across our paths to hold us back from damning ourselves,
children and posterity in time and eternityl
WHAT ARE THE CONSEQUENCES OF THE RAGE OF
THOSE WHO DO NOT BELIEVE IN THE GOD OF THE
BIBLE? "HE THAT SITTETH IN THE HEAVENS SHALL
LAUGH. THE LORD SHALL HAVE THEM IN DERISION:
THEN SHALL HE SPEAK UNTO THEM IN HIS WRATH,
AND VEX THEM IN HIS SORE DISPLEASURE." Psalm 2:4,5.
In our day and generation has not God laughed at, held In
derision, spoken in His wrath, and poured contempt upon
many a king, prince, and ruler? In these visitations has not
most of the nations of the earth, including our own, had to
drink the wine-cup of the Almighty's wrath and indignation
- two world wars, a number of small ones since, and no
telling what is ahead
"THERE IS NO PEACE SAITH MY GOD TO THE
THURSDAY, FEB. 28,
8 PM - POWER CENTER
Tickets at PTP in League
Managing Editor...................MITCH CANTOR
City Editor ........PATRICIA HAGEN
University Editor..................TOMAS MIRGA
Editorial Page Editors ...............JOSHUA PECK
Magazine Editors .................ELISA ISAACSON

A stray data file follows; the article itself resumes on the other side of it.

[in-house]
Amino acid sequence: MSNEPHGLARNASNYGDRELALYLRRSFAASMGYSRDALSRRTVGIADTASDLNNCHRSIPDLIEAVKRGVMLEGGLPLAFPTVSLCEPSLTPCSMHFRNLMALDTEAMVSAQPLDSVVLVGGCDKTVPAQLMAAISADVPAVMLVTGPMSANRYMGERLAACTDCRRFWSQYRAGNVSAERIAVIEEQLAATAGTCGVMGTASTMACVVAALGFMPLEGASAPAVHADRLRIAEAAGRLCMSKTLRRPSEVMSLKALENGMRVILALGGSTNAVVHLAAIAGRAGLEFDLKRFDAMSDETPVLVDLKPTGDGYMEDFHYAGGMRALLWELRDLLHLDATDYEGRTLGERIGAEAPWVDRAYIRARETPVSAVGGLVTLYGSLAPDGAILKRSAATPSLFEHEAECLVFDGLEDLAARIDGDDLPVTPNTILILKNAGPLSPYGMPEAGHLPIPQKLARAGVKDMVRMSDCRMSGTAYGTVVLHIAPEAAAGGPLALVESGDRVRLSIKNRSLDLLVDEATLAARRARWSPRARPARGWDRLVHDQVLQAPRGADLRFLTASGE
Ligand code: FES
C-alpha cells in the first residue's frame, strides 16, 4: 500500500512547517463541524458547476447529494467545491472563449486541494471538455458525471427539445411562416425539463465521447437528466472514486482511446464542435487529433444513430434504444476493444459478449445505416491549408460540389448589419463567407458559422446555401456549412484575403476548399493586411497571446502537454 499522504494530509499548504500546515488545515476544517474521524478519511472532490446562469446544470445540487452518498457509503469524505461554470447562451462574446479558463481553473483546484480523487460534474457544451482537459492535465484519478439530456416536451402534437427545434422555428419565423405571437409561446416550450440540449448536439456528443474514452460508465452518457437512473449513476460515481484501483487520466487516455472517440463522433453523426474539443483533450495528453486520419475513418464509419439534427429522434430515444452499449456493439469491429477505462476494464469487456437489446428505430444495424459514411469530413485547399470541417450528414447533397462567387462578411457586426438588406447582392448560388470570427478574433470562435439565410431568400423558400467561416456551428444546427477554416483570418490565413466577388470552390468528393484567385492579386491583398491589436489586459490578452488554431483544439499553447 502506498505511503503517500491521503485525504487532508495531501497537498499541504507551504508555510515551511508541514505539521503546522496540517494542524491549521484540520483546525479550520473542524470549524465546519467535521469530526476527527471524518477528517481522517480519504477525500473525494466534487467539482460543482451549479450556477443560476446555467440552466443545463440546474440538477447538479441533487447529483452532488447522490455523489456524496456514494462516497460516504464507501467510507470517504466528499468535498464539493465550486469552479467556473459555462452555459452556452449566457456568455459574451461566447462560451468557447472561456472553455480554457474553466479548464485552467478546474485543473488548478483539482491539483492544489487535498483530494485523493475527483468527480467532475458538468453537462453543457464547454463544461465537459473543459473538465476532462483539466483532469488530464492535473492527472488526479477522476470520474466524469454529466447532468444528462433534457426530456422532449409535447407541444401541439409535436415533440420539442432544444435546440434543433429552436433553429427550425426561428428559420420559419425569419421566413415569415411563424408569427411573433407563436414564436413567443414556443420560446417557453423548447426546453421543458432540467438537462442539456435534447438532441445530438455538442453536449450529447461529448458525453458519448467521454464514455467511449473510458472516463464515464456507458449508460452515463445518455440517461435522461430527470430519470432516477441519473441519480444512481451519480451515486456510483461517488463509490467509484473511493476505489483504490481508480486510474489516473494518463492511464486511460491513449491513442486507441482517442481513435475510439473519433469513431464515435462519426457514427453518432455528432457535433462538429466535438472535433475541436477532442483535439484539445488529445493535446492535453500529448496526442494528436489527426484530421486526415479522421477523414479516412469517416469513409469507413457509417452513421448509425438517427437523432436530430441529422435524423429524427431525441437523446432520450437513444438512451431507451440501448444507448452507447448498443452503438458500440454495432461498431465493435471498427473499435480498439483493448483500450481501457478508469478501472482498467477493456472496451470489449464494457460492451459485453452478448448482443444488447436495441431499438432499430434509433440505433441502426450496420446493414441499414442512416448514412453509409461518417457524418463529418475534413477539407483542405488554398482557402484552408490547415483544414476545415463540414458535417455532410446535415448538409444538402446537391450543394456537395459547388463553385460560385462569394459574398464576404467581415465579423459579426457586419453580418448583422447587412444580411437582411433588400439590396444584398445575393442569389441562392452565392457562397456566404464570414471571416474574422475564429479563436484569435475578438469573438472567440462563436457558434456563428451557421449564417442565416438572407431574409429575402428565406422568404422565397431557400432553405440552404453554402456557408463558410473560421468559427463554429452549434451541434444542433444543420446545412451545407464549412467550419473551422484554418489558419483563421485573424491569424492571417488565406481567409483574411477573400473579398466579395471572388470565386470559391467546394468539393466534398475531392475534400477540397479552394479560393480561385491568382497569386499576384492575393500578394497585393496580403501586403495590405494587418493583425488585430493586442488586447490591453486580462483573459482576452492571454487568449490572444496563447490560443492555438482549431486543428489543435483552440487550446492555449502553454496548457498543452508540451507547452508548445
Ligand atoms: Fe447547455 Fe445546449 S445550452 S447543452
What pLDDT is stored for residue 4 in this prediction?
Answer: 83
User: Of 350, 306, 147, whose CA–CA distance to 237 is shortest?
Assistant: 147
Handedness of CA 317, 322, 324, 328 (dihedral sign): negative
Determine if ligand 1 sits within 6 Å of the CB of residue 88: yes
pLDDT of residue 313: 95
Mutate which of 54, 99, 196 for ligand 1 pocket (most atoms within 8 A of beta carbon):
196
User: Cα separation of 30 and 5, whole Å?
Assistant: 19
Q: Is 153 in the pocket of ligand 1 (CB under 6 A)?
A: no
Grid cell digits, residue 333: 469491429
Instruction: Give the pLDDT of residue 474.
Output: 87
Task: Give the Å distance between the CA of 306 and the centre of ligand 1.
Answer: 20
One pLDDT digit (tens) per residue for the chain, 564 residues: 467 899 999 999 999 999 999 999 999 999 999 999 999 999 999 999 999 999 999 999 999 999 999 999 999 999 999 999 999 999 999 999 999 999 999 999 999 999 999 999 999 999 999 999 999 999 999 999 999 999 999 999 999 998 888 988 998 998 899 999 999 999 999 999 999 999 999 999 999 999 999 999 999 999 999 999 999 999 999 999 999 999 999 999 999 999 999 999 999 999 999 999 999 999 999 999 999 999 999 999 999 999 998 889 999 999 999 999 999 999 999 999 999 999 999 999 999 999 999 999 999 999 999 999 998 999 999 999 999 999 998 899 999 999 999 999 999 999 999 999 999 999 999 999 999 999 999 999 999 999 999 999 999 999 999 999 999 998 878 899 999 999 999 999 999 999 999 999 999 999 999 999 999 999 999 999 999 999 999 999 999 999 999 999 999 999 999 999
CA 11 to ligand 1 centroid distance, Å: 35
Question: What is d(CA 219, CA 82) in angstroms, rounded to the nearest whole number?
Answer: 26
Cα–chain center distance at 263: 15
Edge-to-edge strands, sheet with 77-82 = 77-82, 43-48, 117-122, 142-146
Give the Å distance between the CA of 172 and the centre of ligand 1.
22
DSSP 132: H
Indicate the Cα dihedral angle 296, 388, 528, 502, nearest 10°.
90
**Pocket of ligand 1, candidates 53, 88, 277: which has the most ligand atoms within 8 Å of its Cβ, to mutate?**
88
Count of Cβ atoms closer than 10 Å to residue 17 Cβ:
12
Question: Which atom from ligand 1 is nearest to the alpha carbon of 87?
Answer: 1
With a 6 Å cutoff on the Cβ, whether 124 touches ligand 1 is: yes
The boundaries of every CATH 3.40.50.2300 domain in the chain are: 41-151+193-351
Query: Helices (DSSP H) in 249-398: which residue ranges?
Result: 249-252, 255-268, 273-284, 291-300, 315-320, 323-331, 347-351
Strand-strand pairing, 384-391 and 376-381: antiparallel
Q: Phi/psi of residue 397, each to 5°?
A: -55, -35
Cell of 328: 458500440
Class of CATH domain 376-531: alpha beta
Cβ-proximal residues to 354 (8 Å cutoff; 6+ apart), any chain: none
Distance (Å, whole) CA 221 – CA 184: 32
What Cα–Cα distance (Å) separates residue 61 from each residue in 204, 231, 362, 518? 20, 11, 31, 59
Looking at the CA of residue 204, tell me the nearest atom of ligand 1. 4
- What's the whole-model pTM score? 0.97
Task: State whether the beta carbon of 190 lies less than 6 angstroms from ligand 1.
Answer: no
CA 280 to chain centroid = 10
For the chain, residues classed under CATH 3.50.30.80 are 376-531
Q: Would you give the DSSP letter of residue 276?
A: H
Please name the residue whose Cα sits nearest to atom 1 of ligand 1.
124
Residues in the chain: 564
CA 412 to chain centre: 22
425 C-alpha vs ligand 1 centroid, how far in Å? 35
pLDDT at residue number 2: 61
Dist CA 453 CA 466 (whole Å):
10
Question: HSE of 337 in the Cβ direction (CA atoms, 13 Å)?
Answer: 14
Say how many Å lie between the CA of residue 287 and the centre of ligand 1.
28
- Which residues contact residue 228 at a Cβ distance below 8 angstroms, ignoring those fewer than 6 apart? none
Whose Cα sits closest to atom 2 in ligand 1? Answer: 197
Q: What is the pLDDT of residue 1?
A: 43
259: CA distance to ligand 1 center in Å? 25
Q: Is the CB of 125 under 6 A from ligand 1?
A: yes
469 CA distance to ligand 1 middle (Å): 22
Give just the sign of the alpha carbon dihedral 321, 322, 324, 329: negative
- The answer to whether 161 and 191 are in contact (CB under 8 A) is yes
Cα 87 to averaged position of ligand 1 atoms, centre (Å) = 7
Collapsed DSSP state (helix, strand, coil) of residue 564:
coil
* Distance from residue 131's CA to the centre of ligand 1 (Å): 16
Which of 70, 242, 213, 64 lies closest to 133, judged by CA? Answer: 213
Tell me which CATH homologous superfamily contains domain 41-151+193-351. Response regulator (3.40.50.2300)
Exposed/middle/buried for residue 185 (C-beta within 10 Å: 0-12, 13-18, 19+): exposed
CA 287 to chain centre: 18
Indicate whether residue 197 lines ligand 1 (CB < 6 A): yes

Arts Editors .................... MARK COLEMAN
Sports Editor.....................ALAN FANGER
Executive Sports Editors................ ELISA FRYE
NEWS STAFF WRITERS; Sara Anspoch, Lorenzo
Business Manager..........ROSEMARY WICKOWSKI,
Sales Manager.................DANIEL WOODS
Operations Manager..........KATHLEEN CULVER
Display Manager...............KRISTINA PETERSON
Classified Manager..................SUSAN KLING
Nationals Manager...........ROBERT THOMPSON
Finance Manager ................ GREGG HADDAD
Circulation Manager..............JAMES PICKETT
Ad Coordinator..................PETE PETERSEN
BUSINESS STAFF: Potrico Barron, Joseph Brodo
Courtney Casteel. Randi Cigelink, Donna Drebin.
Maxwell Ellis, Aida Esenstot, Martin Feldman, Bar-
bara Forslund. Alisso Goldfaden, Jeffrey Gotheim,
Leslie-Graham. Michael Greenlees. Lourel Groger,
Jula GveSusn Gszvsk..ri u,. Boni